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The ethics of loyalty vs work ethic… What would you do?

Wednesday 2 September, 2020
by Anonymous

You work in recruitment for an organisation currently hiring. It is an organisation with strong purpose and values and they value meritocracy. 

A good friend of yours has reached out to let you know they’ve applied for a role with your organisation. It is a role that has so far received over 300 applications. Given the current Covid-19 crisis, receiving this number of job applications has become the norm. 

Your friend and her partner have both lost their jobs due to Covid-19 and you know that she is more than qualified for the role. There are sophisticated systems in place to screen applications, but nevertheless your friend has asked if you could please ensure she is shortlisted, given your role in recruitment. 

The situation is calling in to question a range of your values.  

What would you do?

  • What ethical considerations would you give to your decision-making?

We encourage you to post your answers in the comments so we can create a healthy discussion, with the aim of learning from our peers, becoming aware of differing perspectives and challenging our own biases.

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There are 2 comments for The ethics of loyalty vs work ethic… What would you do?.

Re: The ethics of loyalty vs work ethic… What would you do?

Thursday 3 September, 2020
by Simon
If you know your friend would be perfect for the role and you're not compromising the quality, why wouldn't you get your friend the job? Nearly every job I've had in my career is because of someone I know. Is that unethical?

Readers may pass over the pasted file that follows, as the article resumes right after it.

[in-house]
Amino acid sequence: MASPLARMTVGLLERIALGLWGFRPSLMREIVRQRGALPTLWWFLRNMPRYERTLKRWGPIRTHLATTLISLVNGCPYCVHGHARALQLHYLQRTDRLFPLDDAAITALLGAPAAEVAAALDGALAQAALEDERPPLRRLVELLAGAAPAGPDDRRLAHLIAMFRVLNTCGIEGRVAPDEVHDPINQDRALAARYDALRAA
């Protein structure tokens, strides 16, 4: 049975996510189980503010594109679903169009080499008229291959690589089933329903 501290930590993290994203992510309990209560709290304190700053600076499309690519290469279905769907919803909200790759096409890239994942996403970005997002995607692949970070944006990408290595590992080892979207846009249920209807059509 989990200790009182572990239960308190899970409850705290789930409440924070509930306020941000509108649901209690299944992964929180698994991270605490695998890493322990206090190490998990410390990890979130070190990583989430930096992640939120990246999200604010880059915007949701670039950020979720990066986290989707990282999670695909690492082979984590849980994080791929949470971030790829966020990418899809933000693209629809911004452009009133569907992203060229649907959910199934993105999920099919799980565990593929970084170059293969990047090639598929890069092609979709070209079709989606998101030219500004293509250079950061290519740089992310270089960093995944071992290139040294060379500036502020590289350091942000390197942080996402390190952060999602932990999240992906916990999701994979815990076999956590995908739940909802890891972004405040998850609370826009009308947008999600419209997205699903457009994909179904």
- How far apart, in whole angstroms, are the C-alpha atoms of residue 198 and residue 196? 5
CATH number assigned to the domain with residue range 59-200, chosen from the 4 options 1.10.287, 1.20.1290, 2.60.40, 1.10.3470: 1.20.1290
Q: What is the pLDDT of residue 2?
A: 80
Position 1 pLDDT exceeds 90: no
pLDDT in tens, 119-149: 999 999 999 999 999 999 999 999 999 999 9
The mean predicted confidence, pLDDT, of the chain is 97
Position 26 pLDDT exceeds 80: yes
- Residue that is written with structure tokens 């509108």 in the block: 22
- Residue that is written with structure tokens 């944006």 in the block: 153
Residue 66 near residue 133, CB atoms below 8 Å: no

Re: The ethics of loyalty vs work ethic… What would you do?

Friday 4 September, 2020
by Chris
It can be advantageous for a business to recruit people who other employees know more deeply and would consider a good skills and cultural fit. This is reflected in the referral bonus’ paid by some companies for that very reason (for non recruitment staff).
The known applicant must traverse the same recruitment process and meets the same standards applied to all candidates.
If known good applicants are being overlooked by the initial recruitment algorithm, then this candidate’s case can be used internally to review whether that algorithm is performing satisfactorily or should be reviewed and updated.
The nature of your connection to the applicant should be made known to relevant people in the recruitment and appointment process. If involved in making the appointment, you should discuss with the selection team or a relevant senior executive whether you should abstain, or the terms of any votes you have toward the final appointment, including this first step.
Whilst you’d be happy for a friend to get a job that relieves their personal pressures (eg. loss of previous job due to Covid), it plays no role in progressing their application.

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